Here are some facts about the Kalahari Desert.
- The Kalahari Desert covers about 350,000 square miles in the southern part of Africa. It includes some of South Africa, Namibia and most of Botswana.
- The name Kalahari comes from a local word meaning ‘waterless place’. However, because the sand retains water better than some other deserts, there is a variety of plant life.
- The Kalahari is known as a semi-desert or savannah, as it receives some rainfall and is able to support more plants and animals than a conventional dry desert.
- In the 1965 film, Sands of the Kalahari a group of plane crash survivors try to survive in the desert. The Kalahari also features in the movies The Gods Must be Crazy and The Lion King.
- Some of the world’s largest diamond mines can be found in the Kalahari Desert. The vast area is also a rich source of copper, nickel and coal and it is home to several large game reserves.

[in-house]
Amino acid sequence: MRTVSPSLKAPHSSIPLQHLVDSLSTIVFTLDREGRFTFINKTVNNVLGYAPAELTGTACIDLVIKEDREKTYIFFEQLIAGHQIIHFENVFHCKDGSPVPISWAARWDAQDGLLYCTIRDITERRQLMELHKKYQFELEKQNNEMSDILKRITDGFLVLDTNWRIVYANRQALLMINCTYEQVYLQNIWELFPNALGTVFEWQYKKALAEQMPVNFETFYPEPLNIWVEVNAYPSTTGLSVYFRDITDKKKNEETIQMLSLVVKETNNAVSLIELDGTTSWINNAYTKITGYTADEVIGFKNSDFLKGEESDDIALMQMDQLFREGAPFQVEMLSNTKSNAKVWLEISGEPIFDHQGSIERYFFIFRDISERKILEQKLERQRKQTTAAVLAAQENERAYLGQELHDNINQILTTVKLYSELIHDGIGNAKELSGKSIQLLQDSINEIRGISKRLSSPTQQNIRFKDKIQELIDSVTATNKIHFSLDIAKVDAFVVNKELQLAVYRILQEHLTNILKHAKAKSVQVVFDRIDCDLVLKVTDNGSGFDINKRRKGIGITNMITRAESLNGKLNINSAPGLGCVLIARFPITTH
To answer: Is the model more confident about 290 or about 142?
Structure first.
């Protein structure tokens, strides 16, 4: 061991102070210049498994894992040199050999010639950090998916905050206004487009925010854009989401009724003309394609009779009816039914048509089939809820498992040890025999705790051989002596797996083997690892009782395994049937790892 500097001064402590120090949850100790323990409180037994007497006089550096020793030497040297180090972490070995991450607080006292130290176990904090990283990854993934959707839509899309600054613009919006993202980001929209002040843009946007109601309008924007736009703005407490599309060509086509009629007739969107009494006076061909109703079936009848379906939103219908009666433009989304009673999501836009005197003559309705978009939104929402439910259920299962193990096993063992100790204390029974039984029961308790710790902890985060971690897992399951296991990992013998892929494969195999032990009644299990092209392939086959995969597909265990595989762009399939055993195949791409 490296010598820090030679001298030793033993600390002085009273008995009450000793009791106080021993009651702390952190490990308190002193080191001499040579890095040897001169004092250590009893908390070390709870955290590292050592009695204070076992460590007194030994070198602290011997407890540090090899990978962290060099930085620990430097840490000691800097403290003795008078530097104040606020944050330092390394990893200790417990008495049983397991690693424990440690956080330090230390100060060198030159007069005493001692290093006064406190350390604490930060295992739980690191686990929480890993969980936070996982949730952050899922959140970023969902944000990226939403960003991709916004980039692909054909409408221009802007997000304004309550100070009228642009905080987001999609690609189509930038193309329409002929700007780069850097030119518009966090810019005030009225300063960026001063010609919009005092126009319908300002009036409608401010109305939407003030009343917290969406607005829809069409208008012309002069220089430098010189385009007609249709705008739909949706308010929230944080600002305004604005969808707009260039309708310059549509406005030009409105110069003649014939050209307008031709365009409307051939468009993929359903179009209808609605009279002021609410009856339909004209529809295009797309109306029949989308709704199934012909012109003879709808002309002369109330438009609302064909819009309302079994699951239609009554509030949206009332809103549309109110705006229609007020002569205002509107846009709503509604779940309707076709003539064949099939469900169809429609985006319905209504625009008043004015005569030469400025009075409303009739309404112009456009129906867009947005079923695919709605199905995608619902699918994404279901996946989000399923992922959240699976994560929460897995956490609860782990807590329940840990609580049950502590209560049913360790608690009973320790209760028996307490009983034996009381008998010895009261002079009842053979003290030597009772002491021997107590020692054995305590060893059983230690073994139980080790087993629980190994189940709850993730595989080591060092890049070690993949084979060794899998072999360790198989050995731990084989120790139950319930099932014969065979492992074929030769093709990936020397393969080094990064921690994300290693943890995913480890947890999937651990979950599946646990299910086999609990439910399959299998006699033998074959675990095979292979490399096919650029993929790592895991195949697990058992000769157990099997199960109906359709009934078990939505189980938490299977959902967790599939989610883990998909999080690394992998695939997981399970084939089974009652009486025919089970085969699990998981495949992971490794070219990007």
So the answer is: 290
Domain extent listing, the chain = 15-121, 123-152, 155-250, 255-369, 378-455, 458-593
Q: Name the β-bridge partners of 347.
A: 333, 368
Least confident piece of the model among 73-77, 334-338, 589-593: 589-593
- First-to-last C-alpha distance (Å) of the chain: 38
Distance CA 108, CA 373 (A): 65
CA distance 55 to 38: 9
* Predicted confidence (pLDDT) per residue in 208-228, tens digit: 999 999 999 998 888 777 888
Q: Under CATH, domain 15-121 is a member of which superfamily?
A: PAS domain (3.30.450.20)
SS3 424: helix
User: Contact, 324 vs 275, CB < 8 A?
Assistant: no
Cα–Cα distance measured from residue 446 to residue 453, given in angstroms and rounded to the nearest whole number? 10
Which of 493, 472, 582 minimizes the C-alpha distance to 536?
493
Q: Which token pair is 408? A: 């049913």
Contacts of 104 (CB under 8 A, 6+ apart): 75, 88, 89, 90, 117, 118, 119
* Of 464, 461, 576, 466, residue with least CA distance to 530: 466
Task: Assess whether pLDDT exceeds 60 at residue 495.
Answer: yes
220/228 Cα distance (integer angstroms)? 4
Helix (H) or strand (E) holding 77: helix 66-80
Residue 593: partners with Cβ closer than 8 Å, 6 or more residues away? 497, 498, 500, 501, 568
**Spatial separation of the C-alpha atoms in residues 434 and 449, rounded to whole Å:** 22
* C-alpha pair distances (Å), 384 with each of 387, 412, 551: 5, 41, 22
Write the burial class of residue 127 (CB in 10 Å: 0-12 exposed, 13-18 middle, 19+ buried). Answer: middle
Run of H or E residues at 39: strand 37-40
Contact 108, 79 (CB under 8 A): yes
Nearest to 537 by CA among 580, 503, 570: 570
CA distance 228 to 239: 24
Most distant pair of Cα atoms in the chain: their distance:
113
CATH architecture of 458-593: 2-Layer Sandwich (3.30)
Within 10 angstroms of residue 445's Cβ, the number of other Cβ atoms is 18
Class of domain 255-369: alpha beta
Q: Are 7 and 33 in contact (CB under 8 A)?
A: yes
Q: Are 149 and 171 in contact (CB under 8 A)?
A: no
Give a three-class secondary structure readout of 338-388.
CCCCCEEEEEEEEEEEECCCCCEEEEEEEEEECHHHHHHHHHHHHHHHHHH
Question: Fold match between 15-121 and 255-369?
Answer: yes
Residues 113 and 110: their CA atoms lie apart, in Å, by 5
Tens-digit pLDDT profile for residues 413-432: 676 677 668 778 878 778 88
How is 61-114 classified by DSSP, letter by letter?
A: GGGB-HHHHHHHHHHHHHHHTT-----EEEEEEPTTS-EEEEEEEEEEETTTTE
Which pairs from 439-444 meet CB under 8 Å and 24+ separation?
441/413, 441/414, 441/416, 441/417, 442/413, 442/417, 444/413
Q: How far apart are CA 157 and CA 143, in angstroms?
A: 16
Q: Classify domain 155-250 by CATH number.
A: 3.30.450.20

- During summer, temperatures can reach over 100 degrees, while winter temperatures can reach freezing. Only one permanent river flows through the Kalahari, the Okavango.
- The desert is home to many different species of birds, including the small weaver bird. The weaver bird makes huge nests from twigs and grass on the top of poles and trees.
- Several of the world’s most dangerous big cats can be found in the Kalahari desert, including the cheetah, lion and leopard. The large antelope known as the Eland is also found here and can weigh almost 2,000 pounds.
- One of the world’s oldest cultures, the San Bushmen, have lived in the desert for over 20,000 years. The primitive tribes still live as they have for centuries.
- Thousands of years ago, the Kalahari Desert supported more plants and animals than it does today, and it had several very large lakes. As the lakes evaporated, they left large salt pans, or craters, which can still be seen today.
What next? Find out more desert facts by visiting our deserts resources page.